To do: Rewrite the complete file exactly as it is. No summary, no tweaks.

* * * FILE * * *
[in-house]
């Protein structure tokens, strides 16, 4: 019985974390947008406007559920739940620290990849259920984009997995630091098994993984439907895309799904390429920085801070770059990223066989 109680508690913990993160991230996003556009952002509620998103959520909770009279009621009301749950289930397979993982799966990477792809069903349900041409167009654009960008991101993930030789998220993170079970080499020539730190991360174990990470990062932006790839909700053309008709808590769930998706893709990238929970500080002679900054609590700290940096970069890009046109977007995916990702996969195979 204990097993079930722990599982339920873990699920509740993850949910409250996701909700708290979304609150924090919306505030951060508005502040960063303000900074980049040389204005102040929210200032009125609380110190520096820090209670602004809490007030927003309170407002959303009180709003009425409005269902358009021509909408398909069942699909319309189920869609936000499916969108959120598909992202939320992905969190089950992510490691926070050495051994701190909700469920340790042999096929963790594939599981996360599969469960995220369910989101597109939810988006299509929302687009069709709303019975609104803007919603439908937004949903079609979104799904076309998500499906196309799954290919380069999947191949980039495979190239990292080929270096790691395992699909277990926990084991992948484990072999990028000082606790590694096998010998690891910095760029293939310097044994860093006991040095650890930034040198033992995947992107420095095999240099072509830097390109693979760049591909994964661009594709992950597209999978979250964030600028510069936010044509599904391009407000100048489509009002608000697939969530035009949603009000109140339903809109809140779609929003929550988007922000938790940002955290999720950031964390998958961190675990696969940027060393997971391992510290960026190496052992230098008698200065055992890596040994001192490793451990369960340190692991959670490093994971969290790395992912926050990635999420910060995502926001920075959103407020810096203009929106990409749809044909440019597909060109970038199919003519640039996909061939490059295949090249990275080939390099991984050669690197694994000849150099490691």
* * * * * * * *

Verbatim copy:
[in-house]
């Protein structure tokens, strides 16, 4: 019985974390947008406007559920739940620290990849259920984009997995630091098994993984439907895309799904390429920085801070770059990223066989 109680508690913990993160991230996003556009952002509620998103959520909770009279009621009301749950289930397979993982799966990477792809069903349900041409167009654009960008991101993930030789998220993170079970080499020539730190991360174990990470990062932006790839909700053309008709808590769930998706893709990238929970500080002679900054609590700290940096970069890009046109977007995916990702996969195979 204990097993079930722990599982339920873990699920509740993850949910409250996701909700708290979304609150924090919306505030951060508005502040960063303000900074980049040389204005102040929210200032009125609380110190520096820090209670602004809490007030927003309170407002959303009180709003009425409005269902358009021509909408398909069942699909319309189920869609936000499916969108959120598909992202939320992905969190089950992510490691926070050495051994701190909700469920340790042999096929963790594939599981996360599969469960995220369910989101597109939810988006299509929302687009069709709303019975609104803007919603439908937004949903079609979104799904076309998500499906196309799954290919380069999947191949980039495979190239990292080929270096790691395992699909277990926990084991992948484990072999990028000082606790590694096998010998690891910095760029293939310097044994860093006991040095650890930034040198033992995947992107420095095999240099072509830097390109693979760049591909994964661009594709992950597209999978979250964030600028510069936010044509599904391009407000100048489509009002608000697939969530035009949603009000109140339903809109809140779609929003929550988007922000938790940002955290999720950031964390998958961190675990696969940027060393997971391992510290960026190496052992230098008698200065055992890596040994001192490793451990369960340190692991959670490093994971969290790395992912926050990635999420910060995502926001920075959103407020810096203009929106990409749809044909440019597909060109970038199919003519640039996909061939490059295949090249990275080939390099991984050669690197694994000849150099490691």